Another learning science connected project which looks into Web2.0 and higher education is "The pattern language project" which is a multi-institutional collaboration (just copy/pasting a bit of their goal: The project will develop a system to support a community of HE practitioners, who are using Web 2.0 in assessment, learning and teaching, to capture and share their examples of good practice as patterns. This system will include a collaborative software tool, clear processes for capturing and using patterns and a growing pattern language which provides reusable knowledge about how to use Web 2.0 technology in learning, drawn from examples of success.)
I do agree that social media is a new frontier in a way that it brings people together on a global scale, using some of the basic people skills. For researchers (both empirical scientists, learning theory researchers...) this new technology is in need for a in-depth research itself and the first projects start to emerge, but yes, at this point there is still a lot that needs to be looked at.
On the other hand a lot of researchers still are not using social media (broad sense) although they could benefit from it personally (my opinion).
Even if the effectiveness is only starting to get proven but (as this article concludes) It is necessary to take into account the fact that too few innovators and early adopters are actually using Web 2.0 technology to enhance existing learning behaviors.
This also pushes the idea that if more researchers would adopt social media tools, it could have a real impact on research as well.
For me, virtual networking made all the difference (up to now). I got invited to give online lectures, it helped me become part of an online think-tank for European ICT funding and it enhanced my knowledge on TELearning/eLearning.
But I do admit, I kept on speaking at conferences, where I met knowledgeable people and afterwards stayed in contact with them through social media. So my network is fifty-fifty on IRL and purely virtual.
Could you tell us whether you switched completely to online applications for a while to exchange knowledge? And for how long you have been using social media before turning into a more sceptical user?
This might be an interesting pattern to consider, where is the threshold that makes a person to decide one or the other.
Could you tell us whether you switched completely to online applications for a while to exchange knowledge? And for how long you have been using social media before turning into a more sceptical user?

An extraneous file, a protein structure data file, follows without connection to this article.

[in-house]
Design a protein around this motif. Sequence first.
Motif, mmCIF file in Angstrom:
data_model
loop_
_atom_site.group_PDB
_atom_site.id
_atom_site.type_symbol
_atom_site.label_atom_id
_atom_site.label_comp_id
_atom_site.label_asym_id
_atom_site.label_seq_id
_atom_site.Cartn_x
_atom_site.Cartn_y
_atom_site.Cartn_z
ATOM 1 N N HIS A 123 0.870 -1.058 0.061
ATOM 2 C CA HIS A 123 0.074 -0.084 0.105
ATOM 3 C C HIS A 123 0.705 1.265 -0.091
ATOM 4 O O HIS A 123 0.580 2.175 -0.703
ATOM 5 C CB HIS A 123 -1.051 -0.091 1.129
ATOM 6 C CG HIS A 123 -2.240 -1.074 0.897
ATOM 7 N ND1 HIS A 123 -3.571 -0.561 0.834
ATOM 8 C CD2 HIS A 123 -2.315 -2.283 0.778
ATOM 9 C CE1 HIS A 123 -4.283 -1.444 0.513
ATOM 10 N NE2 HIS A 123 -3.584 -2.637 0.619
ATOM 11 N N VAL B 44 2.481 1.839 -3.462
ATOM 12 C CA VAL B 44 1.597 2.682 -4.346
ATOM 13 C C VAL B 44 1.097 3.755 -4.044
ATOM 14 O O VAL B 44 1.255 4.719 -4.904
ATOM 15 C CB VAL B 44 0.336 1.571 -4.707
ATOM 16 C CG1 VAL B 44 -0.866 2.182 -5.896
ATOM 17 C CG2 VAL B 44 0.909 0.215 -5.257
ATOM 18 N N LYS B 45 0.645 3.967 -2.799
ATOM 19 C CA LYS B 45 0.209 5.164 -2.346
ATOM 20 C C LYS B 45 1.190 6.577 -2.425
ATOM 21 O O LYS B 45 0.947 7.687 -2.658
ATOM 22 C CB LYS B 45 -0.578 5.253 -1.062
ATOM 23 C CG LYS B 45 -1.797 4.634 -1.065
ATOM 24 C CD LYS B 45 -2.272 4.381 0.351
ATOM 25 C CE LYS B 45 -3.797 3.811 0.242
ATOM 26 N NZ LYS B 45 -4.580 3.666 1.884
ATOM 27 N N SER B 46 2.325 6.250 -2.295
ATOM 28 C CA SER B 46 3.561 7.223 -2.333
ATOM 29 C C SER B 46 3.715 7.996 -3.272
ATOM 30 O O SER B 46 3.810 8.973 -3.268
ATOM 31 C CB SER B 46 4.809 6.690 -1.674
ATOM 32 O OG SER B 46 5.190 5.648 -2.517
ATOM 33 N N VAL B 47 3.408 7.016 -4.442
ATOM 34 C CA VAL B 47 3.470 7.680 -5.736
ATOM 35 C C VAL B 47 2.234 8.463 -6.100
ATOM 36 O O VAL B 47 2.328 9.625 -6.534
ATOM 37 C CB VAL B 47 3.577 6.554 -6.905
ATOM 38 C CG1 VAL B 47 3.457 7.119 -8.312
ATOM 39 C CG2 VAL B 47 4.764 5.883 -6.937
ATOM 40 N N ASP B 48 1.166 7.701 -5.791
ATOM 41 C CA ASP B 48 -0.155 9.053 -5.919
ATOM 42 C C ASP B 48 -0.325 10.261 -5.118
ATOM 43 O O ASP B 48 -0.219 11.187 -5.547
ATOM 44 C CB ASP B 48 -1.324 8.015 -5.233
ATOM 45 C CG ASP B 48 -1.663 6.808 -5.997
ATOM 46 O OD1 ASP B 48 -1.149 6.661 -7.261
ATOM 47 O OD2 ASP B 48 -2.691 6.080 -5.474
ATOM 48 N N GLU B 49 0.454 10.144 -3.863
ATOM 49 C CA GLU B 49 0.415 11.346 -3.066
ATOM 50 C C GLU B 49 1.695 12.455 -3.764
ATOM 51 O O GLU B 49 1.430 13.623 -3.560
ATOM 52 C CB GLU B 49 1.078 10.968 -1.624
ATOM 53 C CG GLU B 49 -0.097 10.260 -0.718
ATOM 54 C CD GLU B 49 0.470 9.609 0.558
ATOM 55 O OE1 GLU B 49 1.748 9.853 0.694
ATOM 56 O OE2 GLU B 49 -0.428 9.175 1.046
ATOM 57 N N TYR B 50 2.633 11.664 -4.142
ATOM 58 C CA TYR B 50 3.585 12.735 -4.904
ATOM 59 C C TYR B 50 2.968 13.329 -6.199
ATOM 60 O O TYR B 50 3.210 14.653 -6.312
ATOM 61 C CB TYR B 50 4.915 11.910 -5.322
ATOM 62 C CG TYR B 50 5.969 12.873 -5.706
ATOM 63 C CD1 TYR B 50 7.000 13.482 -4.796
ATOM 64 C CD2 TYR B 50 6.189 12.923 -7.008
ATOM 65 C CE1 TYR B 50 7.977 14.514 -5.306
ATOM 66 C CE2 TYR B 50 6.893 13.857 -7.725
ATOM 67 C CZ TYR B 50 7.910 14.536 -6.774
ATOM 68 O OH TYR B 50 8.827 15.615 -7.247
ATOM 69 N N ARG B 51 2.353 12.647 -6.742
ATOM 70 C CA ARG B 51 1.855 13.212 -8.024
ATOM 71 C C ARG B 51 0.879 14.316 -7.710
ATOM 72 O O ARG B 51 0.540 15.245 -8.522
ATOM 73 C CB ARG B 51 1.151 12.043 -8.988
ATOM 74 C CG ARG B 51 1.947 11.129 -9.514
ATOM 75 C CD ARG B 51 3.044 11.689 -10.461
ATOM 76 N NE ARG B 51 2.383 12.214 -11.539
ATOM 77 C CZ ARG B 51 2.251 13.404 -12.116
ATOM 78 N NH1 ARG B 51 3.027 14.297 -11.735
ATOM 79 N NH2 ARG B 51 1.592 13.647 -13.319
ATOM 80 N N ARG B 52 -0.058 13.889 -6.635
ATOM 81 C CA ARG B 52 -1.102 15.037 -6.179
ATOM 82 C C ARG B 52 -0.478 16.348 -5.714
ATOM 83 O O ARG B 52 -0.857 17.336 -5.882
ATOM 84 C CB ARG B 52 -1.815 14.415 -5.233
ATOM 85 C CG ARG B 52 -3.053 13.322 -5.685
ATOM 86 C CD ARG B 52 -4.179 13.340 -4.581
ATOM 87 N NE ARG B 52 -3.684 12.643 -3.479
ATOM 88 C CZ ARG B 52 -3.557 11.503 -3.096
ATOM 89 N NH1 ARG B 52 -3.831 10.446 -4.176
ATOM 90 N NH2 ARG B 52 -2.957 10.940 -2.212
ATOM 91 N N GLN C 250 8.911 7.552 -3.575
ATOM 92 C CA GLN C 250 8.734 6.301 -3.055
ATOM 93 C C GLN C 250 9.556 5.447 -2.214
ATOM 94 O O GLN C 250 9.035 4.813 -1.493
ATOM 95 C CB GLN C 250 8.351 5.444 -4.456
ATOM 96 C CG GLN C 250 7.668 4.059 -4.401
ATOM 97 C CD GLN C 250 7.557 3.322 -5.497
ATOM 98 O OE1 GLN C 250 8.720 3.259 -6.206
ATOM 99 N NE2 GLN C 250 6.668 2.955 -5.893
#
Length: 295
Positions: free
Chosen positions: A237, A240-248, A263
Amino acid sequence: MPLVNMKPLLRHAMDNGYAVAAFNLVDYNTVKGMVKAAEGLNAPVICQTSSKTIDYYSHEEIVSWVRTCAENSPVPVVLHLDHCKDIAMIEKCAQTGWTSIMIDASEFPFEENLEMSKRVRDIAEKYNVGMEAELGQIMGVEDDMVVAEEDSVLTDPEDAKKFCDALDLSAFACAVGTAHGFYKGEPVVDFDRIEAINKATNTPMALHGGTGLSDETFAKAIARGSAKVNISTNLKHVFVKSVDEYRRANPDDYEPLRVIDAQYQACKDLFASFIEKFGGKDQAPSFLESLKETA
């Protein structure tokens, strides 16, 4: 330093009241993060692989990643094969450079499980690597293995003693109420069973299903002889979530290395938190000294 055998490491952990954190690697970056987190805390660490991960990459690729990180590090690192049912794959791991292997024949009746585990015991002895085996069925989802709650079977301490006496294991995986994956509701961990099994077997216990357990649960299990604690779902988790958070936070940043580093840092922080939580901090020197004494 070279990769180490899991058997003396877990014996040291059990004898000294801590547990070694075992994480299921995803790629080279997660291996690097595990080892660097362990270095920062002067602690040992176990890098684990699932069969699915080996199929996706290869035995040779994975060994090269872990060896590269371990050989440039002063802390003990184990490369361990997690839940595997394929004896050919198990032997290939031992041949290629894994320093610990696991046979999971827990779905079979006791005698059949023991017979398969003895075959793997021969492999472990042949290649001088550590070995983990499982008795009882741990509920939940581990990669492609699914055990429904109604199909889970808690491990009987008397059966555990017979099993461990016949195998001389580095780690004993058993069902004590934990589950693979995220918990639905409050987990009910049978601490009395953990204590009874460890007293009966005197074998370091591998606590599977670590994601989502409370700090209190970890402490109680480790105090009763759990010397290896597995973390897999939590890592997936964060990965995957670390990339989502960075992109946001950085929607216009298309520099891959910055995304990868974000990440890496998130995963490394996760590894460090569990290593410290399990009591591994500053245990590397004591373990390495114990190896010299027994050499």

After attending George Siemens’ online conference on Connectivism (1 1/2 years ago) and being very impressed by the interaction. I jumped on board Facebook, Skype, Del.icio.us, Second Life, 32 NING groups (they seem to breed). I'd did have a blog and wiki for a year prior to that which I use for faculty development, but I added more.
I attended no face-to-face conferences that year and poured a lot of energy into reading and writing blogs, wikis etc. Although the readership of my blogs and wikis are very good, I receive no comments; the interaction that Web2.0 is hyped for. I find myself printing articles I've posted and including them in workshop material for face-to-face workshops where they generate discussion and feedback. I'm close to the point of jettisoning my blogs and going back to publishing on a website, where I could organize content better. I still really like social bookmarking, but more for the bookmarking, less for the social.
I also found similar patterns on Facebook and NING. I receive mass mailings of sentimental postcards and minimal real communication. I rarely sign in to any of them now. My 20-year-old daughter mentions similar frustrations with Facebook and MySpace. My medical students describe both as a waste of time.
I've used online book discussion and Elluminate sessions with more interactive success. Because people have to sign up for a specific time, I think they feel more of a commitment to participate.
So yes, maybe it is early adopter syndrome and my expectations are too high.
I so agree... I too entered Facebook land, but found it generally to be a waste of time. The sentimental cartoons and pithy poetry sent en masse from friends of friends really detracted from the value of the space for me.
I am enjoying these SCOPE and Elluminate sessions, webinars, and podcasts as a much more intellectually challenging and efficient way to communicate with colleagues.
I am not an early adopter, nor am I a sceptic... just too busy to jump from blog to space to wiki to whatever is the next flavour of the month.
But don't you think that in life (whether First, Second or other) there are those who are satisfied or entertained by the sentimental and pithy, and those who want to think, inquire and dig deeply? The technologies are just tools. Let's use them in ways that make sense and are relevant to our lives and work.